Biogen takes Alzheimer’s drug straight to phase III

Following positive phase I results for its Alzheimer’s disease candidate BIIB 037, Biogen has decided to move straight to phase III trials.

Biogen’s executive vice president of research and development, Doug Williams, said the drug had shown a significant effect on cognition among patients in the study and there was a decrease in amyloid deposits on the brain after 54 weeks of use.

Shares in Biogen rose almost 7 per cent on the news.

Speaking at the Deutsche Bank Biofest Conference in Boston, Williams said the full data would be presented at an upcoming medical meeting. He stressed that, though the studies were early-stage, they had presented “encouraging enough data to really have us pull the trigger on moving forward aggressively to plan for phase III”. No timeline was given for the next step.

Many other drug hopes for Alzheimer’s disease have fallen at phase III despite initial success at phase I, including Lilly’s solanezumab and Pfizer/Johnson & Johnson’s bapineuzumab, both amyloid-targeting antibodies. Lilly is now working with AstraZeneca on an oral beta secretase cleaving enzyme (BACE) inhibitor and Biogen is also keeping its options open and is developing one of its own with Eisai.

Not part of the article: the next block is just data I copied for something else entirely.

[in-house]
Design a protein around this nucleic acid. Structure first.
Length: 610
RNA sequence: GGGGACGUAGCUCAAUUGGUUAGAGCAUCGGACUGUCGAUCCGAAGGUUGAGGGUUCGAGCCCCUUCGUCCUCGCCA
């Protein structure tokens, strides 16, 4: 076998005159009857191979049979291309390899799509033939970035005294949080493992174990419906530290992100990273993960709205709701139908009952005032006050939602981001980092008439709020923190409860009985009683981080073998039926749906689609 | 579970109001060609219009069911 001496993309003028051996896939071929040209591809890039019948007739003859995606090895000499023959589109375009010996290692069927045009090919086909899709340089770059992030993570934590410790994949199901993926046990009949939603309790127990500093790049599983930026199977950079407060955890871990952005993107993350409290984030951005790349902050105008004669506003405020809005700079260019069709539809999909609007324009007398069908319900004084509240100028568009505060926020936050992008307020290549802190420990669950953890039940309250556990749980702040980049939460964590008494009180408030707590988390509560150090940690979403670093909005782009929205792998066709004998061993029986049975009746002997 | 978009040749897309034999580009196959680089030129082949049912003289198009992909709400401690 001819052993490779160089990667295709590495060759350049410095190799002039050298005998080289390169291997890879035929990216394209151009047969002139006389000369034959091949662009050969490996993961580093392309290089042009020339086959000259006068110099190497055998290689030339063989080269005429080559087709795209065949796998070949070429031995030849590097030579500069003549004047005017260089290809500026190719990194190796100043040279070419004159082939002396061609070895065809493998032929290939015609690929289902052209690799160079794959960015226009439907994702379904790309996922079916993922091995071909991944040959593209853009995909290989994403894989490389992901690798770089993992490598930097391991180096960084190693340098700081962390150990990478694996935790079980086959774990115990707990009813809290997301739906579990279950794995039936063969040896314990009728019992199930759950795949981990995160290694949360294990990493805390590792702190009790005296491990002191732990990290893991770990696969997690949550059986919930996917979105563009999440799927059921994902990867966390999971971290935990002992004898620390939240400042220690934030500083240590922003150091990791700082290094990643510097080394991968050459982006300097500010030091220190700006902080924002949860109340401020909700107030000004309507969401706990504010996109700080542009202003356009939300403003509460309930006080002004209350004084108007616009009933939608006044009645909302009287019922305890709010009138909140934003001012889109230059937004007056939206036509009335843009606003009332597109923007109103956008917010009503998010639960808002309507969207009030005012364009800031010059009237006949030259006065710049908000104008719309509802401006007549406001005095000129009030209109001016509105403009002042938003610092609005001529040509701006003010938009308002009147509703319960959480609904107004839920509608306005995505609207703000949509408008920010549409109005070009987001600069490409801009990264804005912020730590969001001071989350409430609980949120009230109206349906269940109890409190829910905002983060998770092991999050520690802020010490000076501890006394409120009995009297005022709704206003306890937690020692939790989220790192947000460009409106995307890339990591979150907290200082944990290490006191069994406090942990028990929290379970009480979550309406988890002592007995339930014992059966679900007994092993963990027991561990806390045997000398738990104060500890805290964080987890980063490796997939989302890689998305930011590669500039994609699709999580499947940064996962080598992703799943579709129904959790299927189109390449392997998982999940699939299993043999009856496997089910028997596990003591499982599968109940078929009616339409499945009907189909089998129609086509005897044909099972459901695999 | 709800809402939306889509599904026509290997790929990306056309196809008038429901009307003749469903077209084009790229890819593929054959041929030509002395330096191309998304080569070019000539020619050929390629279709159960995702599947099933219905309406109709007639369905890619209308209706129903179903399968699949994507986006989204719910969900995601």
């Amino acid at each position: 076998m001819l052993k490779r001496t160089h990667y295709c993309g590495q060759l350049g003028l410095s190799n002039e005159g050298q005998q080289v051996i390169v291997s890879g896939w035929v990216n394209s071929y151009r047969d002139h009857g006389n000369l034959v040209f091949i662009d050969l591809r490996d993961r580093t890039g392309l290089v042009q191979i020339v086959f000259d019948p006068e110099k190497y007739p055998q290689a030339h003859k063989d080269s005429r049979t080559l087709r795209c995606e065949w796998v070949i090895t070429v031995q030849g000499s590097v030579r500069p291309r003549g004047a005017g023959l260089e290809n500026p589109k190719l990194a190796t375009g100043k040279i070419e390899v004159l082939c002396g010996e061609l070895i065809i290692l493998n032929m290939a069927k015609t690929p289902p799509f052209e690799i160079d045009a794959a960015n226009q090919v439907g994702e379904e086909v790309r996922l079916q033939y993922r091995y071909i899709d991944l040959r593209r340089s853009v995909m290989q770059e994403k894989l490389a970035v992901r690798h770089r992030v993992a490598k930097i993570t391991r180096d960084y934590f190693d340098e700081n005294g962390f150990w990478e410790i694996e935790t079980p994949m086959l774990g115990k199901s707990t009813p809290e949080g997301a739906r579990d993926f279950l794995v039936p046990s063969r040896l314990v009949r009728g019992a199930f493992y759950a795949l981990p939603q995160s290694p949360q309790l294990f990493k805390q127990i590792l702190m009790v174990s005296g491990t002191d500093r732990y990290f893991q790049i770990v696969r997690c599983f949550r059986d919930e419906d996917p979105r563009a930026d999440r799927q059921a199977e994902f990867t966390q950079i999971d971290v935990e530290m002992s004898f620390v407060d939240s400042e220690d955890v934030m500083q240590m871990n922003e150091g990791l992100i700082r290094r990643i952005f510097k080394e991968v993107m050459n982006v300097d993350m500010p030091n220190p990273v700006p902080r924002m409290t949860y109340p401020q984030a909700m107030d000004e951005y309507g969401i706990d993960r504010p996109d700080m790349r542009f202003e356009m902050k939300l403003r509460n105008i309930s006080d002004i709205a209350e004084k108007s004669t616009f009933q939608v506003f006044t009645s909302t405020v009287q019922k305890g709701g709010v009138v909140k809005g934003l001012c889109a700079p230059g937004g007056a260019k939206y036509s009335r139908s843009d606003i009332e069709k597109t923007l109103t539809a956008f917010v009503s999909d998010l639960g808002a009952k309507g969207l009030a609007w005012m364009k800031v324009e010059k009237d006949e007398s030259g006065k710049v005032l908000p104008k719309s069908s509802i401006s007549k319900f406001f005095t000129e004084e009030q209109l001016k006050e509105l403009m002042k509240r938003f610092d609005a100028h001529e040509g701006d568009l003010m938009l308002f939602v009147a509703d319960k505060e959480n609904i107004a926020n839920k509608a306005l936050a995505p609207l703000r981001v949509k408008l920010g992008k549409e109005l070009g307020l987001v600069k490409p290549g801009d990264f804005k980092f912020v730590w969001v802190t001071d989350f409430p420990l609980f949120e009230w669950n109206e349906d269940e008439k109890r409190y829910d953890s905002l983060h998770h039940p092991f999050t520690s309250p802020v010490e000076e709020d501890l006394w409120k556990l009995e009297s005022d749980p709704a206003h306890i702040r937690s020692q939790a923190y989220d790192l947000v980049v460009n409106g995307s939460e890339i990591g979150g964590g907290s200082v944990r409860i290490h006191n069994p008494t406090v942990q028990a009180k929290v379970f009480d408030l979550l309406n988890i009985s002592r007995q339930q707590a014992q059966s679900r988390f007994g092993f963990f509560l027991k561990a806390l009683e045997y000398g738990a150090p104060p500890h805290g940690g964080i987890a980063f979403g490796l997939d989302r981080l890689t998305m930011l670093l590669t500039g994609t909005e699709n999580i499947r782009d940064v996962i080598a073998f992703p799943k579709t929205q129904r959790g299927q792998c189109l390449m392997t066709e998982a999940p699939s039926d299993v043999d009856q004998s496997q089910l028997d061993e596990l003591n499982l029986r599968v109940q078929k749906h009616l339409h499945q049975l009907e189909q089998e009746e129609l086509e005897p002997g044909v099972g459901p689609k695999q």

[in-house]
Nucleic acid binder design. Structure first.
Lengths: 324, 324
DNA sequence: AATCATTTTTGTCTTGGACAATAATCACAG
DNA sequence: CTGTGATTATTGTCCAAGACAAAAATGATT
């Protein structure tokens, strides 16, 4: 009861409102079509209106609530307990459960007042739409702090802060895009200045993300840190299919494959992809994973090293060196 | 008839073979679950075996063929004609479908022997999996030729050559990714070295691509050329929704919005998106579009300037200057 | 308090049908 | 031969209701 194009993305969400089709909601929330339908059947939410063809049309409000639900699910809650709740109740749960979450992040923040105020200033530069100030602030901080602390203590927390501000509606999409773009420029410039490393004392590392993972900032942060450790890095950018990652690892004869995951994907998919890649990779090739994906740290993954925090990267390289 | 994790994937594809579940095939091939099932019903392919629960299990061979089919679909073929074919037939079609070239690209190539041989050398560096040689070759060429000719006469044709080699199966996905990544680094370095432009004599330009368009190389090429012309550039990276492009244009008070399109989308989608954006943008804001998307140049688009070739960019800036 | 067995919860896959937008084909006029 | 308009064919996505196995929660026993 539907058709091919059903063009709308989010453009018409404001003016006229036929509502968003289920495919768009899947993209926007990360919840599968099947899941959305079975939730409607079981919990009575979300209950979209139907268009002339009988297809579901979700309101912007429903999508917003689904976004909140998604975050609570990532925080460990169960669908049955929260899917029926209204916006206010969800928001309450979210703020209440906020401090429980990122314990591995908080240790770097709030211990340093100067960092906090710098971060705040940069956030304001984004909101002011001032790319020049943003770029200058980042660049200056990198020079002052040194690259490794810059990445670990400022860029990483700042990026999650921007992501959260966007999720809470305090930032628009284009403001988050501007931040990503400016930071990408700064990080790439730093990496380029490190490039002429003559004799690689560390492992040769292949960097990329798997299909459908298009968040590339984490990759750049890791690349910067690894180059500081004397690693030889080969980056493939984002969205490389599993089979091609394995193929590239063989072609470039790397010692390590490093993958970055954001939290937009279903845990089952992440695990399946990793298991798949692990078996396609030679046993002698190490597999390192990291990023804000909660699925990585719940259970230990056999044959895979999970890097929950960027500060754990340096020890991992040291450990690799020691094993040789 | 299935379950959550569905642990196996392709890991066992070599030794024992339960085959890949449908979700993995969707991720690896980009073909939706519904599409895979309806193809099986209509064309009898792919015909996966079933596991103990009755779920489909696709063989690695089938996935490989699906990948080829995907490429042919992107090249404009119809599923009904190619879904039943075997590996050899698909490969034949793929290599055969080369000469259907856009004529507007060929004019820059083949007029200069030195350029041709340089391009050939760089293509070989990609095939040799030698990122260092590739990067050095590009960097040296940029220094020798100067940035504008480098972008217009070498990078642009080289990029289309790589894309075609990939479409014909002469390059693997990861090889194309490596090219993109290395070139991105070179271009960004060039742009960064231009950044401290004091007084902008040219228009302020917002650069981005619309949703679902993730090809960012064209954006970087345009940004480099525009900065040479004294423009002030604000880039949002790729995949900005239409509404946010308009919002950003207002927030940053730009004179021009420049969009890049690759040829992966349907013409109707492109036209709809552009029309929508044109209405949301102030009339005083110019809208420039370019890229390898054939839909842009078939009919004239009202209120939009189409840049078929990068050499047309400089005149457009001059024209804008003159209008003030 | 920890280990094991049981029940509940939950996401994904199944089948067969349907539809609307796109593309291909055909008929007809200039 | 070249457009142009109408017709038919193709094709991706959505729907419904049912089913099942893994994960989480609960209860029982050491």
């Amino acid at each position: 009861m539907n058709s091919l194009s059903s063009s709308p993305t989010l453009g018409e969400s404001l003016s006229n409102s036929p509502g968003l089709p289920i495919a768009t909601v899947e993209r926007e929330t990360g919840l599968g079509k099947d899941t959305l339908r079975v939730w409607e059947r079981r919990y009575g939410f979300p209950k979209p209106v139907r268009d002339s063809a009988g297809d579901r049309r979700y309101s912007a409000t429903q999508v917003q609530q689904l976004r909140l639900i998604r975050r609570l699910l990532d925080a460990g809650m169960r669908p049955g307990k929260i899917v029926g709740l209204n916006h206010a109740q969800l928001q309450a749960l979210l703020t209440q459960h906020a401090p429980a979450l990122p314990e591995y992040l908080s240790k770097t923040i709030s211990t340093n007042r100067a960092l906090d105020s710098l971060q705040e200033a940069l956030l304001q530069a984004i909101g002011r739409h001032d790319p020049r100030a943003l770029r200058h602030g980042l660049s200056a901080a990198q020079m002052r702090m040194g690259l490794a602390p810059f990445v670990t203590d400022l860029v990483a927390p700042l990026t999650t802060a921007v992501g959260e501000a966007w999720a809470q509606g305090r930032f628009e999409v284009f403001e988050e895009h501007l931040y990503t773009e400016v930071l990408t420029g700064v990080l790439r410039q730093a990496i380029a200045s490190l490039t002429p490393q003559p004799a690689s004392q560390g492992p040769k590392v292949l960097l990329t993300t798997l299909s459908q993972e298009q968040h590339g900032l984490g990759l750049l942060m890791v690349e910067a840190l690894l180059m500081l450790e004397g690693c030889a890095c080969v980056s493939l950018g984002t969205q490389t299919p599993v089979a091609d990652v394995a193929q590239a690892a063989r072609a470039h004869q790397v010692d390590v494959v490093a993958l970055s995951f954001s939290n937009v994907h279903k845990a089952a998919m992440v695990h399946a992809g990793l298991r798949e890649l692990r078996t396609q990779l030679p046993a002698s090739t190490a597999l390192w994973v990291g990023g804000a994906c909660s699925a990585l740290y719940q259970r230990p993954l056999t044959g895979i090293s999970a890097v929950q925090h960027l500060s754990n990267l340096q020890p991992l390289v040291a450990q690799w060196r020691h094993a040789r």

With the rapid increase in incidence of the illness, any prospect of a treatment is welcome news, although there has been much debate about whether anti-amyloid drugs can work, given previous failures.

However, some scientists believe earlier intervention with a combination of two amyloid-targeting drugs could be the answer. Novartis is one company taking this approach and will work with the Banner Alzheimer’s Institute on a trial of around 1,300 cognitively-healthy people who are at high risk genetically of developing the disease. The first patients for this programme will be enrolled in early 2015, although the drugs’ effectiveness may take years to assess.


Amyloid hypothesis: down but not out in Alzheimer’s disease?

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